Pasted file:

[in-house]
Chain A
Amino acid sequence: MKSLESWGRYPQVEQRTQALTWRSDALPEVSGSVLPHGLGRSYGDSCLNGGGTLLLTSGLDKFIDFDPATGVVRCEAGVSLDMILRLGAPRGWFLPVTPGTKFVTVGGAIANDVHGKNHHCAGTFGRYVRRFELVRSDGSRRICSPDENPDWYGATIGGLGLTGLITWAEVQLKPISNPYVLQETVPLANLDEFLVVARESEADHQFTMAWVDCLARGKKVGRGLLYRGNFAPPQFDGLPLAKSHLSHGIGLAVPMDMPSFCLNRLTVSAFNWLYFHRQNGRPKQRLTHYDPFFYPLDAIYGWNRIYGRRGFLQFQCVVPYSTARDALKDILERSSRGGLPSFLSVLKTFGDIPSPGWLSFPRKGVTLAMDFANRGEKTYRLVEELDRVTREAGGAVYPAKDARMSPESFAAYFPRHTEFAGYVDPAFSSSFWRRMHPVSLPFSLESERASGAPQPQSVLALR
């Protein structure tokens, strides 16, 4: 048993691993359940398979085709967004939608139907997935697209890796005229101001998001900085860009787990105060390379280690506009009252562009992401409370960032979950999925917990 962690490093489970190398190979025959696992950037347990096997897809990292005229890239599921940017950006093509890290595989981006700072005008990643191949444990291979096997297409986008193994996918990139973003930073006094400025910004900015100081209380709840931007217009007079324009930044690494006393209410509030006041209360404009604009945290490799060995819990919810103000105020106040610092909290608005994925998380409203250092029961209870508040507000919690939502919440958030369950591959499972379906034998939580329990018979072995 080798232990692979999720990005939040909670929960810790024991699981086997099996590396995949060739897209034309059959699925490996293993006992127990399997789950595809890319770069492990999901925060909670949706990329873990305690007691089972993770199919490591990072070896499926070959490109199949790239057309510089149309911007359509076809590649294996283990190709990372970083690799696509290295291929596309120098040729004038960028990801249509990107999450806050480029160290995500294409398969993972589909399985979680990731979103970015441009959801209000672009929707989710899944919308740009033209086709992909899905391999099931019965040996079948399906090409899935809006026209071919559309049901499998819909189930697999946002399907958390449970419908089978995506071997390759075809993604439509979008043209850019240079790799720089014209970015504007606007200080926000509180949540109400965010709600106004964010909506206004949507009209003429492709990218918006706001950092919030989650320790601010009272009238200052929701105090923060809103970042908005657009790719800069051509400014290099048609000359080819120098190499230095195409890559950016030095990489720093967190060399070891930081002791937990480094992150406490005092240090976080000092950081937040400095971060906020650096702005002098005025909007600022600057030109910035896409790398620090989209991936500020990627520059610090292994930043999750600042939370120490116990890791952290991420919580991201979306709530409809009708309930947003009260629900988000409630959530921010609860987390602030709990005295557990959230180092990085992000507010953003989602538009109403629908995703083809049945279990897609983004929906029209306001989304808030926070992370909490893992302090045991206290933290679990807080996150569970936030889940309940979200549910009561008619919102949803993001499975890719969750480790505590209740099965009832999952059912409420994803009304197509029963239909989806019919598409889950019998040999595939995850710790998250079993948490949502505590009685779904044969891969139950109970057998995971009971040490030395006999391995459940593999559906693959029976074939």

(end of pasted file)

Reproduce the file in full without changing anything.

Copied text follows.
[in-house]
Chain A
Amino acid sequence: MKSLESWGRYPQVEQRTQALTWRSDALPEVSGSVLPHGLGRSYGDSCLNGGGTLLLTSGLDKFIDFDPATGVVRCEAGVSLDMILRLGAPRGWFLPVTPGTKFVTVGGAIANDVHGKNHHCAGTFGRYVRRFELVRSDGSRRICSPDENPDWYGATIGGLGLTGLITWAEVQLKPISNPYVLQETVPLANLDEFLVVARESEADHQFTMAWVDCLARGKKVGRGLLYRGNFAPPQFDGLPLAKSHLSHGIGLAVPMDMPSFCLNRLTVSAFNWLYFHRQNGRPKQRLTHYDPFFYPLDAIYGWNRIYGRRGFLQFQCVVPYSTARDALKDILERSSRGGLPSFLSVLKTFGDIPSPGWLSFPRKGVTLAMDFANRGEKTYRLVEELDRVTREAGGAVYPAKDARMSPESFAAYFPRHTEFAGYVDPAFSSSFWRRMHPVSLPFSLESERASGAPQPQSVLALR
């Protein structure tokens, strides 16, 4: 048993691993359940398979085709967004939608139907997935697209890796005229101001998001900085860009787990105060390379280690506009009252562009992401409370960032979950999925917990 962690490093489970190398190979025959696992950037347990096997897809990292005229890239599921940017950006093509890290595989981006700072005008990643191949444990291979096997297409986008193994996918990139973003930073006094400025910004900015100081209380709840931007217009007079324009930044690494006393209410509030006041209360404009604009945290490799060995819990919810103000105020106040610092909290608005994925998380409203250092029961209870508040507000919690939502919440958030369950591959499972379906034998939580329990018979072995 080798232990692979999720990005939040909670929960810790024991699981086997099996590396995949060739897209034309059959699925490996293993006992127990399997789950595809890319770069492990999901925060909670949706990329873990305690007691089972993770199919490591990072070896499926070959490109199949790239057309510089149309911007359509076809590649294996283990190709990372970083690799696509290295291929596309120098040729004038960028990801249509990107999450806050480029160290995500294409398969993972589909399985979680990731979103970015441009959801209000672009929707989710899944919308740009033209086709992909899905391999099931019965040996079948399906090409899935809006026209071919559309049901499998819909189930697999946002399907958390449970419908089978995506071997390759075809993604439509979008043209850019240079790799720089014209970015504007606007200080926000509180949540109400965010709600106004964010909506206004949507009209003429492709990218918006706001950092919030989650320790601010009272009238200052929701105090923060809103970042908005657009790719800069051509400014290099048609000359080819120098190499230095195409890559950016030095990489720093967190060399070891930081002791937990480094992150406490005092240090976080000092950081937040400095971060906020650096702005002098005025909007600022600057030109910035896409790398620090989209991936500020990627520059610090292994930043999750600042939370120490116990890791952290991420919580991201979306709530409809009708309930947003009260629900988000409630959530921010609860987390602030709990005295557990959230180092990085992000507010953003989602538009109403629908995703083809049945279990897609983004929906029209306001989304808030926070992370909490893992302090045991206290933290679990807080996150569970936030889940309940979200549910009561008619919102949803993001499975890719969750480790505590209740099965009832999952059912409420994803009304197509029963239909989806019919598409889950019998040999595939995850710790998250079993948490949502505590009685779904044969891969139950109970057998995971009971040490030395006999391995459940593999559906693959029976074939």